Of the magical solidity
of the dancing strings
chlorophyllic
among the least long
the precise quake
and the call of the mountain
more green and dark
more dear and damp
magical and robust
silky and decadent

(tr. Patrick Loughnane)

Lois Pereiro (Monforte de Lemos, 1958 – A Coruña, 1996) was one of the most innovative Galician poets of the 20th Century. Having studied English, French and German in Madrid his work, as suggested by the Real Academia Galega in 2011, possessed:

“Evidentes pegadas expresionistas, referencias á literatura xermánica e certos trazos de contracultura […] unha imaxe e unha estética que fixeron del un autor de culto.”

“Clear expressionist influences, references to Germanic literature and certain elements of counterculture […] an image and an aesthetic which made him into a cult author.”

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Mural depicting Pereiro in the place of his birth, Monforte de Lemos [translator’s photo]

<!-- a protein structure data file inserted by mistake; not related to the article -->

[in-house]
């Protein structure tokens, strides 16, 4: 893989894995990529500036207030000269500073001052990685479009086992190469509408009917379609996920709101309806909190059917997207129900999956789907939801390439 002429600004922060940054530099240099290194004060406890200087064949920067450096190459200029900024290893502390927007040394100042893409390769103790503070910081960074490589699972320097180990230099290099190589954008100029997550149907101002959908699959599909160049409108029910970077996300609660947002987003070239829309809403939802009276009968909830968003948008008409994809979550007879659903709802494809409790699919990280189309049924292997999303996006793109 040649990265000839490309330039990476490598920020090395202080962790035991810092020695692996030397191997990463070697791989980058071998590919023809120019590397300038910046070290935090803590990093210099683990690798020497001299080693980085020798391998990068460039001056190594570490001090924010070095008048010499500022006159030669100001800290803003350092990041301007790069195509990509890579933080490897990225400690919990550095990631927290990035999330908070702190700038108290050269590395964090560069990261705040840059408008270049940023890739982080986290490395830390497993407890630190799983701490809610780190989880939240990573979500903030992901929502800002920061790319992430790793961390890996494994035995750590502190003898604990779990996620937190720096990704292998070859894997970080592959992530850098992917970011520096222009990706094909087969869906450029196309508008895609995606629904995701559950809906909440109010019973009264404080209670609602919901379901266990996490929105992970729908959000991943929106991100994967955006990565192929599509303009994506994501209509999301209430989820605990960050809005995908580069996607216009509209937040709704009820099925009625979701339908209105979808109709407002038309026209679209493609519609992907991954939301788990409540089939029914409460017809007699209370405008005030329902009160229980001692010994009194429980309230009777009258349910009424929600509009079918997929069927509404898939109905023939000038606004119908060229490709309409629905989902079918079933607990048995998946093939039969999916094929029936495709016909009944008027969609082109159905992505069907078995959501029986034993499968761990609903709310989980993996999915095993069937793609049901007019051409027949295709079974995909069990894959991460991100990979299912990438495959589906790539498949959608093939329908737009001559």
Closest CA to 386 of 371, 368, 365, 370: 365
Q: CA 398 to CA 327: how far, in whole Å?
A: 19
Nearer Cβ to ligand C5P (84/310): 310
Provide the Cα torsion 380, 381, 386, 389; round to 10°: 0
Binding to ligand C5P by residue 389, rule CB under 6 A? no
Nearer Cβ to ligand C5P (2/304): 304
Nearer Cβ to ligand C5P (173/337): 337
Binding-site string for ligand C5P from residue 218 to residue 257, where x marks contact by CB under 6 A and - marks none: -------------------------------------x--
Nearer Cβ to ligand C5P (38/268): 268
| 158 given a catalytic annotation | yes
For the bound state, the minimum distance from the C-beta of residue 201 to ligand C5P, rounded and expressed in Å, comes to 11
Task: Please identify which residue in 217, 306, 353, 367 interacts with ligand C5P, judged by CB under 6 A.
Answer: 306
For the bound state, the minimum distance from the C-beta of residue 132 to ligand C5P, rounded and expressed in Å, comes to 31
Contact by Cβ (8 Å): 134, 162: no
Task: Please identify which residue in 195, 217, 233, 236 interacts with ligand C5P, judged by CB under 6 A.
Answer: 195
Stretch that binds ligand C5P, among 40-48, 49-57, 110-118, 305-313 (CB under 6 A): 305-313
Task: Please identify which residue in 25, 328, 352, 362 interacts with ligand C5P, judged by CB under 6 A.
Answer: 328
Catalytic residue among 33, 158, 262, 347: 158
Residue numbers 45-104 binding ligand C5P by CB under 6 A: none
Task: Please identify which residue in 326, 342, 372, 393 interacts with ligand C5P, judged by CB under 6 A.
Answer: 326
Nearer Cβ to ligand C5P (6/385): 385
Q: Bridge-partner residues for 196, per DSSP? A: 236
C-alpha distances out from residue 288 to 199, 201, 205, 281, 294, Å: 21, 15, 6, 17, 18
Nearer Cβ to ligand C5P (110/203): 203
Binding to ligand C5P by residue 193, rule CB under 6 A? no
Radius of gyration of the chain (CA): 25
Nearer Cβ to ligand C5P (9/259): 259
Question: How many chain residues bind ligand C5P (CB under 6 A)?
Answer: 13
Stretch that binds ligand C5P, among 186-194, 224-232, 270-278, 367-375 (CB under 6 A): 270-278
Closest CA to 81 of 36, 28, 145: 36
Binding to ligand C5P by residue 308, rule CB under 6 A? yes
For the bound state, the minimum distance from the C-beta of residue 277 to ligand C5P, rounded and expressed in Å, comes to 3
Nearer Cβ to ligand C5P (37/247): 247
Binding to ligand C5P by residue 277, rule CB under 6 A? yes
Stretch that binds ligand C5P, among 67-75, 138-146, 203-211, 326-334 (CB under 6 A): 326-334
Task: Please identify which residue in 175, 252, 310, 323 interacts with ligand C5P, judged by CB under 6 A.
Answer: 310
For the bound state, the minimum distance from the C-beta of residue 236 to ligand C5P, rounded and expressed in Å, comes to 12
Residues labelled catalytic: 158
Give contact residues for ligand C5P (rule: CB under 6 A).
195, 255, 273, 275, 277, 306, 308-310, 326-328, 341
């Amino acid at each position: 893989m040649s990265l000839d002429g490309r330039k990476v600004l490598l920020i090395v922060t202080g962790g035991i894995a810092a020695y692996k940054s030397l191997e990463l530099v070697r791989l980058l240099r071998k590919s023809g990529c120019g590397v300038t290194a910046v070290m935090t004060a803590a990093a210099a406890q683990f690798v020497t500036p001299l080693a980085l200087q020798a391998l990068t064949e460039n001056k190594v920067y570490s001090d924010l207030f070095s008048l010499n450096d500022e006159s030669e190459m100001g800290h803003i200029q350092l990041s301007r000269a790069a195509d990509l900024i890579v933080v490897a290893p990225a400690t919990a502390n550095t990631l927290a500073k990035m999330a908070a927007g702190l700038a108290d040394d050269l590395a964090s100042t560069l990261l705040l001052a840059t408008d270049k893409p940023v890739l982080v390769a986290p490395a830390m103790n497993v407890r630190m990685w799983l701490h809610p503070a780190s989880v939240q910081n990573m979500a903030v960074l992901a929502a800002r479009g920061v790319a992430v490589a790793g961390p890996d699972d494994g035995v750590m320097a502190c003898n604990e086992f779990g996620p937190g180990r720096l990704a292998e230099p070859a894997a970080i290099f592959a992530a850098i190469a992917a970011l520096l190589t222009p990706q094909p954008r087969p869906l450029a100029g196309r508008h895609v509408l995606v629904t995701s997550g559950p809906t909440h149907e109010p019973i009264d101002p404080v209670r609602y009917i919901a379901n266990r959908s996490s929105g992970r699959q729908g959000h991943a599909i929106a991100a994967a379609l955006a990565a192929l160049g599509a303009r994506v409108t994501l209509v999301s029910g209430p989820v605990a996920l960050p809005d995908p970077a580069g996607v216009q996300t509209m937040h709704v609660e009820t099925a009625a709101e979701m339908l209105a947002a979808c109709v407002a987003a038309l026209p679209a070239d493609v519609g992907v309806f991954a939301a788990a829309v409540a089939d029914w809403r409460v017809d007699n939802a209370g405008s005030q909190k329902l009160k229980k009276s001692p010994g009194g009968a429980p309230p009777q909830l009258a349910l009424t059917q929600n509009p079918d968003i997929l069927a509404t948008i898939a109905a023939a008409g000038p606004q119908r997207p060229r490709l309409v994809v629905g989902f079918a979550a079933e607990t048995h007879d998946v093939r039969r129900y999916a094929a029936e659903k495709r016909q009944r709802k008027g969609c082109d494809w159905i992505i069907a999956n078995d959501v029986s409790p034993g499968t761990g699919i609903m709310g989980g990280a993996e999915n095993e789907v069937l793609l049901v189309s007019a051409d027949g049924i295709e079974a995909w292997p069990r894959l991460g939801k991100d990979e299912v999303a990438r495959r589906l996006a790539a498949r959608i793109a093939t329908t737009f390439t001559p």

Though brief, Pereiro’s life was an intense one which saw him travel to many parts of Central Europe, Great Britain and Ireland. These travels inspired many of his poems, as can be seen in this translation.

Titled Dusk in Ireland, the poem offers an evocative image of nightfall in some rural corner of the island. The wind rustling through blades of grass, whistling down from the mountains.

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Nightfall in Ireland [translator’s photo]

Though expressly written about Ireland, critic Irene Brea Azcona has suggested that the mystery of this landscape, and others like it throughout Pereiro’s work,  serve as an expression of his “galleguidad”. Indeed if one were to remove the title, the scene described could be based on his native Monforte de Lemos (or any number of places across Galicia).

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View of mountains overlooking Monforte de Lemos [translator’s photo]

Though it is difficult to give a satisfactory representation of any poet’s work in just a single poem, there is no doubting the beauty and power of Pereiro’s voice from this short piece.

For anyone wishing to read more of Lois Pereiro’s poetry, his Collected Poems has been translated by Jonathan Dunne as part Small Station Press’ excellent Galician Classics series.